To me, analyzing other peoples' stories is very fun, I want to learn their creative process, why they made the decisions they did, and how that influenced the final product. I also get easily annoyed and driven by spite to do something better than someone else; one of my antagonists is faceblind, he's going after the MC because he doesn't realize it's them, and this is because a game I otherwise loved had an antagonist who did horrendous things because he wanted to cure his faceblindness. I am faceblind and it is very clear the writers have not actually talked to someone who is. You ID people by their voice, hair, clothes, mannerisms, you don't brutally murder children.

So when you read a story that's like something you want to make, it can give you ideas, usually in the "what if X but Y?" format. What if the antagonist's faceblindness is the reason he's doing what he's doing...but he doesn't realize that he's being the antagonist? What if this detective actually has a reason to have no faith in his skills? What if I wasn't a coward and I made everyone trans?

Everything has been done before. There are no original ideas. But it's the mixture and execution of those ideas that are new. No two writers will write the same story as the media they've consumed and experiences they've lived are different. What is "cosmic horror" to you isn't exactly the same as someone else, horror is very personal.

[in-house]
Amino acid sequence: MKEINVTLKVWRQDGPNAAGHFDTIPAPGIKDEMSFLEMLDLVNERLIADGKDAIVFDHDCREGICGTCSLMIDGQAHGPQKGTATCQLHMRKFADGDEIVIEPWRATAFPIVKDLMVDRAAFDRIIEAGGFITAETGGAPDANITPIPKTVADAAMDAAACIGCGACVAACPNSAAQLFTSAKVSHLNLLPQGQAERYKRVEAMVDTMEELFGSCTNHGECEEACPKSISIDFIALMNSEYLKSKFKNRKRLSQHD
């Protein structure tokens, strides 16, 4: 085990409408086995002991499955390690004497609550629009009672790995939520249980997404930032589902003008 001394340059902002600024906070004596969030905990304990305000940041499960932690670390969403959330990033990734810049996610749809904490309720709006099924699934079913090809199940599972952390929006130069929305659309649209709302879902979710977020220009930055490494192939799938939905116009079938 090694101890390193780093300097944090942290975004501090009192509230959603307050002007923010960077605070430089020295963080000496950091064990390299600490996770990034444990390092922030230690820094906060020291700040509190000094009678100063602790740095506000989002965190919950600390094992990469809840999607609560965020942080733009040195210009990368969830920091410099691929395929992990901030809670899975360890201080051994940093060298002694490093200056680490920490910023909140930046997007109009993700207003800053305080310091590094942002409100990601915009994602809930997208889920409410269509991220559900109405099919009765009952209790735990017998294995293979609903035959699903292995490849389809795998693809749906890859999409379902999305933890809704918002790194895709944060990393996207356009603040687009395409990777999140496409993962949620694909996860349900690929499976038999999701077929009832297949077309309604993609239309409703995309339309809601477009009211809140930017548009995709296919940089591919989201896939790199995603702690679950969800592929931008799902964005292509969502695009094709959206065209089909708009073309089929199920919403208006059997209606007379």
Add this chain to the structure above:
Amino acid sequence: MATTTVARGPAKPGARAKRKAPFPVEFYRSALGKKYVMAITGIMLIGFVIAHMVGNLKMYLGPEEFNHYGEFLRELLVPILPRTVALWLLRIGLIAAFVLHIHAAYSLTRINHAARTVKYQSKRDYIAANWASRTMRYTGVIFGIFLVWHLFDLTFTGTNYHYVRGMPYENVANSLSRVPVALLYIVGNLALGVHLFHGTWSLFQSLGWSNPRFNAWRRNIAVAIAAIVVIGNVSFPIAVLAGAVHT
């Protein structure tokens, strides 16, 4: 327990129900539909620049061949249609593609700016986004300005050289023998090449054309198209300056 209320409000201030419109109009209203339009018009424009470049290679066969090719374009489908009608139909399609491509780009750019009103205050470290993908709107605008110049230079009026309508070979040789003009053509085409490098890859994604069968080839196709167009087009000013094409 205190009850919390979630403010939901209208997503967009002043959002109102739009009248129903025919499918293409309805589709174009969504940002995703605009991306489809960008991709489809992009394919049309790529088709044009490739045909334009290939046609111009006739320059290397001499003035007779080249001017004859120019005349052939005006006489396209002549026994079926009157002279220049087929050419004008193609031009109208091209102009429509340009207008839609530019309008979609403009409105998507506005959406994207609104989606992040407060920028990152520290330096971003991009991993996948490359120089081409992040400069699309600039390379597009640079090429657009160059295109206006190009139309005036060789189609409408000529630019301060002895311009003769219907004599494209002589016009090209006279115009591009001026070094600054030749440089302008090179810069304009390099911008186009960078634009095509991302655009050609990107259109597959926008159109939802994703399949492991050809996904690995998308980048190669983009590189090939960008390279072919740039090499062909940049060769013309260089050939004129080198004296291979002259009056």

Kat M

Ooh, look! String!
Super Member
Registered
Joined
Jan 4, 2019
Messages
951
Reaction score
610
Location
Puget Sound
Or write, read, rewrite.
I was going to suggest this myself; get your story into your head and then read it to differentiate it from the other. That way you avoid the story's influence on your own until you have your own more firmly defined.

Then I read ChaseJxyz's post and I see their point about analyzing others' stories to improve your own. I definitely advise reading first if you're not familiar with the genre just to, as Chase says, get its tropes and conventions under your skin.

And chances are, even if there are striking similarities between your story and the one you read, and even if the one you read shapes your story even more, your execution will move the stories far apart.
 

stephenf

Super Member
Registered
Joined
Jul 29, 2008
Messages
1,075
Reaction score
178
So, I was looking for some more recently published comsic horror. I came across an interesting anthology of short stories. The premise of every story is that it must be set AFTER of the Old Gods have arisen. As soon as I read a blurb about one of the stories, my brain immediately yelled, "That's a great idea!" And now I want to write a story featuring a similar premise.